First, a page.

History of the Peloponnesian War

Thucydides

Thucydides. The Peloponnesian War. London, J. M. Dent; New York, E. P. Dutton. 1910.

If at the time that this fleet was at sea, Athens had almost the largest number of first-rate ships in commission that she ever possessed at any one moment, she had as many or even more when the war began.

At that time one hundred guarded Attica, Euboea, and Salamis; a hundred more were cruising round Peloponnese, besides those employed at Potidaea and in other places; making a grand total of two hundred and fifty vessels employed on active service in a single summer.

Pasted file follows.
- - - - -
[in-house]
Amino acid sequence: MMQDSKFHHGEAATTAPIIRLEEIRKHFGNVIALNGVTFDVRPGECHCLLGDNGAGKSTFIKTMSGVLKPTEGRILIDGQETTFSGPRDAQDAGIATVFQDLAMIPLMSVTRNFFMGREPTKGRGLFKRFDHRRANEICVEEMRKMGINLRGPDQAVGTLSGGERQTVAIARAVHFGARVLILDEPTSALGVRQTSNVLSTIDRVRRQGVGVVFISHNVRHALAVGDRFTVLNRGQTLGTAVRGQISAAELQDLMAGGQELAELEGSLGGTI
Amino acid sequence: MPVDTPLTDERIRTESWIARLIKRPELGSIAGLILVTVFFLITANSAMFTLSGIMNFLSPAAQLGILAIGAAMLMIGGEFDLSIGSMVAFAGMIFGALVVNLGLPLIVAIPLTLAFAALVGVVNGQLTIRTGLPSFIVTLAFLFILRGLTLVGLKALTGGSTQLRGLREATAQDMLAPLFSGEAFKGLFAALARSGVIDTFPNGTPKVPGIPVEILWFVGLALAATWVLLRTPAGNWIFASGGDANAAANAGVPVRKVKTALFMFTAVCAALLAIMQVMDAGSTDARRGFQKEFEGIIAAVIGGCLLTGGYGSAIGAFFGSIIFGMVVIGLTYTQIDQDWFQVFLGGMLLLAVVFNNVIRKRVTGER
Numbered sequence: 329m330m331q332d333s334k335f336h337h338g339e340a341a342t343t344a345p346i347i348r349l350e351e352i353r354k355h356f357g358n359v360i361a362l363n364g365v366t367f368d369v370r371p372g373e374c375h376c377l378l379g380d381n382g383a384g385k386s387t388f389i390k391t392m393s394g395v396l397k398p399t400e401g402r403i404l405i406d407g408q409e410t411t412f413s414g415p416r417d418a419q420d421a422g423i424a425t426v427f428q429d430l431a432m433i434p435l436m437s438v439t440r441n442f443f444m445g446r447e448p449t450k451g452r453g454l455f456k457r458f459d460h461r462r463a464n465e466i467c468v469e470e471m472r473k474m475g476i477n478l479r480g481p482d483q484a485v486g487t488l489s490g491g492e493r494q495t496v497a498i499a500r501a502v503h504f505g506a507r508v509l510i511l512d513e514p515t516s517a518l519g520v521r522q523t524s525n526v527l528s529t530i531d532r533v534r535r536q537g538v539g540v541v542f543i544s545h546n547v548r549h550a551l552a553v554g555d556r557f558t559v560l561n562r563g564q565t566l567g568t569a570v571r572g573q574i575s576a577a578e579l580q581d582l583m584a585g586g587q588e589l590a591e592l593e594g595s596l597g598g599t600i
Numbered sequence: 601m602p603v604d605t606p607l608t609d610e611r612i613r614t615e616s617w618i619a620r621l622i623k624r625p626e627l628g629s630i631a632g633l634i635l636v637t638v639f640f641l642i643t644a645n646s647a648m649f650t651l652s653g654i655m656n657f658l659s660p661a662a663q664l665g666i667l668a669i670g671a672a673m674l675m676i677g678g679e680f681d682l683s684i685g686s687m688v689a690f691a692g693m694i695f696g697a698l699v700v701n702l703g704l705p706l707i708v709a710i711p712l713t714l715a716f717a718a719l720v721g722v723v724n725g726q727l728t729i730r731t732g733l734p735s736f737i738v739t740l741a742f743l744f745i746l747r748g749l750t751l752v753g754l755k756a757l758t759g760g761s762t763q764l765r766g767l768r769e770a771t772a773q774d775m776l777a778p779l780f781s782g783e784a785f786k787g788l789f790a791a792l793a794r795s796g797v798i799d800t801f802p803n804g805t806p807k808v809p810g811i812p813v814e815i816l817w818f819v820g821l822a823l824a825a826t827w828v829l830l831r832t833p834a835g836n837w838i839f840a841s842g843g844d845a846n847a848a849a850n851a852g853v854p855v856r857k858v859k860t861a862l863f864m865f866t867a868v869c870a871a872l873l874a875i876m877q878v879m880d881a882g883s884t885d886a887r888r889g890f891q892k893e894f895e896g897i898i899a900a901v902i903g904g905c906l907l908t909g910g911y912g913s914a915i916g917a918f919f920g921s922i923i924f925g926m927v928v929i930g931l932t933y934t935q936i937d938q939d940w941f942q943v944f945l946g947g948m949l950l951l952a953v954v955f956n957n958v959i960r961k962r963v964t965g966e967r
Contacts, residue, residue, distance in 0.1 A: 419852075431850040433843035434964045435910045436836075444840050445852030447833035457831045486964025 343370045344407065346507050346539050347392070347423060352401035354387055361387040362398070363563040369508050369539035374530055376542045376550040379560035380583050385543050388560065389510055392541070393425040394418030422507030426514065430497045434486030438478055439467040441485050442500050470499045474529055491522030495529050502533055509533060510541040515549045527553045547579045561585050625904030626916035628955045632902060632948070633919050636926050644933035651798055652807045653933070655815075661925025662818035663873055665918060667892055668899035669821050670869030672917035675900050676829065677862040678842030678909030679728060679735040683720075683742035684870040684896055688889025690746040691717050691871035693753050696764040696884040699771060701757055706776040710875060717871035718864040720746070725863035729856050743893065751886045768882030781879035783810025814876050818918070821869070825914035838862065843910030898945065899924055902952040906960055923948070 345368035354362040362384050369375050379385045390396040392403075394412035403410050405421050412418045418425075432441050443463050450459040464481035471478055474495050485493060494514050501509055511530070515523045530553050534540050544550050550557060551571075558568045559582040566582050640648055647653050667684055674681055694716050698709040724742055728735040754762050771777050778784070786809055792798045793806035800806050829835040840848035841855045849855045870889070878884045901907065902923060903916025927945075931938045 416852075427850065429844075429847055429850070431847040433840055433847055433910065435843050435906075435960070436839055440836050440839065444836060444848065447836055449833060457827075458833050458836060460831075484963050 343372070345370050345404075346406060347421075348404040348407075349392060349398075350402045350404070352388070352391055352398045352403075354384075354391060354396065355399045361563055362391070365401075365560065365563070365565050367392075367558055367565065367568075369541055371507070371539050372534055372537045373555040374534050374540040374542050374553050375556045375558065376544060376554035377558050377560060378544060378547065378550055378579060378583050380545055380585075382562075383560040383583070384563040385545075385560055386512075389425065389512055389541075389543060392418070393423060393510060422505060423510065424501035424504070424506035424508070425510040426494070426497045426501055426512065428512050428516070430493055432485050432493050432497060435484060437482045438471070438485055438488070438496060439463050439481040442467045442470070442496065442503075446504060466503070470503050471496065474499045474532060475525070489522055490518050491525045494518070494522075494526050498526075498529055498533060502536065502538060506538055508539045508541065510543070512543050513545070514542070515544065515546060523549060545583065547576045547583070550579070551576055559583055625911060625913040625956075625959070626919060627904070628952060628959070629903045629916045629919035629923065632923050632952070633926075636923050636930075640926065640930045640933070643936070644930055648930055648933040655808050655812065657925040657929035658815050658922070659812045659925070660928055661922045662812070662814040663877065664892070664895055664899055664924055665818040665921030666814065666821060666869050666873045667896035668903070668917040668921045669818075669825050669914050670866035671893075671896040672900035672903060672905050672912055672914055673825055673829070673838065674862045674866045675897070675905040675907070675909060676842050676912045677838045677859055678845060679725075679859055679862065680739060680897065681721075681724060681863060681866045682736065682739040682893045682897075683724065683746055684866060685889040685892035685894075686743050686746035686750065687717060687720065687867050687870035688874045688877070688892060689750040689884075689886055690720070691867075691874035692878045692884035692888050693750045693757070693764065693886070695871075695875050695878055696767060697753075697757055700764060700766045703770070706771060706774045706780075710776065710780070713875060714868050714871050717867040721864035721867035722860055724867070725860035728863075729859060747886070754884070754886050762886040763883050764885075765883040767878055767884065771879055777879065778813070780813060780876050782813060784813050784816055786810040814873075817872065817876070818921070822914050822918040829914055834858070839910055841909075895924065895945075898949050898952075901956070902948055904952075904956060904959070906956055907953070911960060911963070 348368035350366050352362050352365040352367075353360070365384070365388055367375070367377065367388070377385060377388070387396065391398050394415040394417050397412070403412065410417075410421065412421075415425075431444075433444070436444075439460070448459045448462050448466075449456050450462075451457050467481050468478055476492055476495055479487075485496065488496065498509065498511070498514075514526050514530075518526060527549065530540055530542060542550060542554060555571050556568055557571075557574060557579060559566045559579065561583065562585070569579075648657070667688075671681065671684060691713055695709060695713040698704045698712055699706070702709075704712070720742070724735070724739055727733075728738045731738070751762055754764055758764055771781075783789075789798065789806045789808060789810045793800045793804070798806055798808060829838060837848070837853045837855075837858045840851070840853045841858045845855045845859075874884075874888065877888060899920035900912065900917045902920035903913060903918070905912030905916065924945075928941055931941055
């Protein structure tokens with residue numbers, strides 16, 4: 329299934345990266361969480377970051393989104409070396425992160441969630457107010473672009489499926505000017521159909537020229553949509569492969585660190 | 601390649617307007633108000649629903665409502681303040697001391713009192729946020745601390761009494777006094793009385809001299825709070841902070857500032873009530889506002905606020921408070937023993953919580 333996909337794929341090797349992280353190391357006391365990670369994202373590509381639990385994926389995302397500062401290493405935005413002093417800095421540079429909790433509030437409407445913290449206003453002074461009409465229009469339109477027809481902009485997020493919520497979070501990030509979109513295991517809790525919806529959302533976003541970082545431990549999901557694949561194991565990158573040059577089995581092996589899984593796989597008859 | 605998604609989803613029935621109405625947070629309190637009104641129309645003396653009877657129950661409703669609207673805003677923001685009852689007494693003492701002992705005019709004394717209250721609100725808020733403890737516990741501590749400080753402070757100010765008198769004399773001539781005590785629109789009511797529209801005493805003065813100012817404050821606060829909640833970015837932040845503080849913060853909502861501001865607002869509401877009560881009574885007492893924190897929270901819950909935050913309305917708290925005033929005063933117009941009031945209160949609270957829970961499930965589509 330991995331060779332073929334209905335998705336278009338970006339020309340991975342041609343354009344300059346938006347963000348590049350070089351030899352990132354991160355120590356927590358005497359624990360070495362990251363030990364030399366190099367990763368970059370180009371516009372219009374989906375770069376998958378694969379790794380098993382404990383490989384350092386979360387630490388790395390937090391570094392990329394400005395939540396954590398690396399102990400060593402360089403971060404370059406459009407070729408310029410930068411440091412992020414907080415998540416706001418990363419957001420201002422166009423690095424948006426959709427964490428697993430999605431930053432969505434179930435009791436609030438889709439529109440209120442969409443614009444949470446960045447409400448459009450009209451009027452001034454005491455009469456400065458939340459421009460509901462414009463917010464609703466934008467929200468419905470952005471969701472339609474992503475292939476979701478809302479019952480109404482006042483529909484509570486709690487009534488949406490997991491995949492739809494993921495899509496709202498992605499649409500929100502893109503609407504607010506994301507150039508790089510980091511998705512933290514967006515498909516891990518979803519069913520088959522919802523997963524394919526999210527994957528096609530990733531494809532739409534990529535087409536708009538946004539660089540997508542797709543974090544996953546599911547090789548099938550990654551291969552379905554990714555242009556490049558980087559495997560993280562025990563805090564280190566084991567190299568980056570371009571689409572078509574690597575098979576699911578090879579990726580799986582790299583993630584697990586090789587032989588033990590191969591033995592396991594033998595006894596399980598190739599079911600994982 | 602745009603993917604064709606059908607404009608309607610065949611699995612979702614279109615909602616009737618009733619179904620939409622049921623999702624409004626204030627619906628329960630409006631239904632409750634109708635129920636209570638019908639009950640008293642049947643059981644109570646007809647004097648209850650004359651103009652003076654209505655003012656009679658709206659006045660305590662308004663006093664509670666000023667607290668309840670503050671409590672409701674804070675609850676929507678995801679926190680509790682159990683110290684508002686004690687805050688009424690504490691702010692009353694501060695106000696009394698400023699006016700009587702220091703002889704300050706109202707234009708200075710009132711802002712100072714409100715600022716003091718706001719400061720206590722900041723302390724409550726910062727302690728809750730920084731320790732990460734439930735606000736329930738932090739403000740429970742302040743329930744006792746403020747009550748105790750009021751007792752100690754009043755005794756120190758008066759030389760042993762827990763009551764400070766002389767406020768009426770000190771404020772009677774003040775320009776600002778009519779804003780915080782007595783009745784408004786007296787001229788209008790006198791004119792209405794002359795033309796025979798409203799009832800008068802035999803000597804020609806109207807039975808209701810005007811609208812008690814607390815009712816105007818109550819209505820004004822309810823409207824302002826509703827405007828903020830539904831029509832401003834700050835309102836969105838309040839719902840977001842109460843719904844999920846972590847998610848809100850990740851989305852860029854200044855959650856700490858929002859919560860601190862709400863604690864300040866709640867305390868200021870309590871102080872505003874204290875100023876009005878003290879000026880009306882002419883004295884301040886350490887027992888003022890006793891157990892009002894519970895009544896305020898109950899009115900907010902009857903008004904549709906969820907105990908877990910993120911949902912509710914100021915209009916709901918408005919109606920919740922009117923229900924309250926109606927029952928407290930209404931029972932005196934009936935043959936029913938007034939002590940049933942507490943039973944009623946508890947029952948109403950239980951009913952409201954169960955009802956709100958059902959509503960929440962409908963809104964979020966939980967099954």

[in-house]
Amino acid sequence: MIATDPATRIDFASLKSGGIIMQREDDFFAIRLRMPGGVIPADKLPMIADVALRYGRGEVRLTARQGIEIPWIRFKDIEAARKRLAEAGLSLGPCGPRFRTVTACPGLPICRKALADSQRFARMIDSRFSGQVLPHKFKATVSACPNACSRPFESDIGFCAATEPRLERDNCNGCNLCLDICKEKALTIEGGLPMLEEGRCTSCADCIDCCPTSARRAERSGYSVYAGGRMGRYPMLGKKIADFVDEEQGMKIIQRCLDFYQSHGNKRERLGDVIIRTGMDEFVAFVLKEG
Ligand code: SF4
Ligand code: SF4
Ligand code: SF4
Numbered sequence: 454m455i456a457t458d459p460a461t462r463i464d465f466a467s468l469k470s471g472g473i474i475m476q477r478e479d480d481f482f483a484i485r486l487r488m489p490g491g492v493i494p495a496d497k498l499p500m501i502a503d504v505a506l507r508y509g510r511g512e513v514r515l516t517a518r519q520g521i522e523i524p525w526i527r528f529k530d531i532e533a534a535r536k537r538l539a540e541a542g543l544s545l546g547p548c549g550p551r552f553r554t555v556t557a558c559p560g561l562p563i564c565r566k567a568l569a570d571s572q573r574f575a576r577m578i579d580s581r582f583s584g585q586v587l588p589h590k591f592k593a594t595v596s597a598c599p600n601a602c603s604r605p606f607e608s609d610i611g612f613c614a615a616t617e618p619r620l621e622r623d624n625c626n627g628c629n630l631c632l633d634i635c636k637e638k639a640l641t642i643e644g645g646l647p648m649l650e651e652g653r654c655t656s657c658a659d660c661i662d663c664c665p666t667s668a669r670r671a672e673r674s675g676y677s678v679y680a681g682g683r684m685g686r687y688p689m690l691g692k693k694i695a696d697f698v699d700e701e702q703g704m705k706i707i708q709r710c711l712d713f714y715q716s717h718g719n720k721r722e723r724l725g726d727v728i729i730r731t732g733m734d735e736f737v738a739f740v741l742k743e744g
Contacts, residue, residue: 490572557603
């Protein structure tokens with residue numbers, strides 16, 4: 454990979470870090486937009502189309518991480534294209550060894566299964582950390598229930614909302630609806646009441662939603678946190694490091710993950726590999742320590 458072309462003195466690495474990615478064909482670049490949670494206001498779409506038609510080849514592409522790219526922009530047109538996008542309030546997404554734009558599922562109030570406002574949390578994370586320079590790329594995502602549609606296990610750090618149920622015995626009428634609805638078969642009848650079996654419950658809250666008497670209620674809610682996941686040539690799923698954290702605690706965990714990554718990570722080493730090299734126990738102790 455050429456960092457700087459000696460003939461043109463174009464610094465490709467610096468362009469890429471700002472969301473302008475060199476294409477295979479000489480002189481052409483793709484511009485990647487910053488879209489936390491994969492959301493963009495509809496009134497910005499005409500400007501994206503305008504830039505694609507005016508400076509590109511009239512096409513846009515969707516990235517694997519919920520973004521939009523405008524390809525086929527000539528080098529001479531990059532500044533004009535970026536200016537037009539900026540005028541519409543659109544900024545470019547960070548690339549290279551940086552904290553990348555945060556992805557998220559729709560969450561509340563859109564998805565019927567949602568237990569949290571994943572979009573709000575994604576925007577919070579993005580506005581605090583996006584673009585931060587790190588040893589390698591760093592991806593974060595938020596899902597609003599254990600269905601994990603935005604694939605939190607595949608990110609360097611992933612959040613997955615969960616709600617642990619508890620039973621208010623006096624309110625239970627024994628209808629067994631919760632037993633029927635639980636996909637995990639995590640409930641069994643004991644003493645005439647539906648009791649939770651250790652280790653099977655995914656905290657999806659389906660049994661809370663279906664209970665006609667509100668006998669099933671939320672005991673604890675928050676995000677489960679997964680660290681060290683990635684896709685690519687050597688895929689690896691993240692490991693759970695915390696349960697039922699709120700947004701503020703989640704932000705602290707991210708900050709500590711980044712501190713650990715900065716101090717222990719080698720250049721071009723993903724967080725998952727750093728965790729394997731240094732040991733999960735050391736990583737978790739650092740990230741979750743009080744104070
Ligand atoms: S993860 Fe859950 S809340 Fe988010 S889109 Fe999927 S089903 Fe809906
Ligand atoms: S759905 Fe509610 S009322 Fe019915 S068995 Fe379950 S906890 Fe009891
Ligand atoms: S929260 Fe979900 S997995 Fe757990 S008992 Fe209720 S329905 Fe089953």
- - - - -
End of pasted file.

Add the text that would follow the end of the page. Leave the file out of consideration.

It was this, with Potidaea, that most exhausted her revenues—

Potidaea being blockaded by a force of heavy infantry (each drawing two drachmae a day, one for himself and another for his servant), which amounted to three thousand at first, and was kept at this number down to the end of the siege; besides sixteen hundred with Phormio who went away before it was over; and the ships being all paid at the same rate.

In this way her money was wasted at first; and this was the largest number of ships ever manned by her.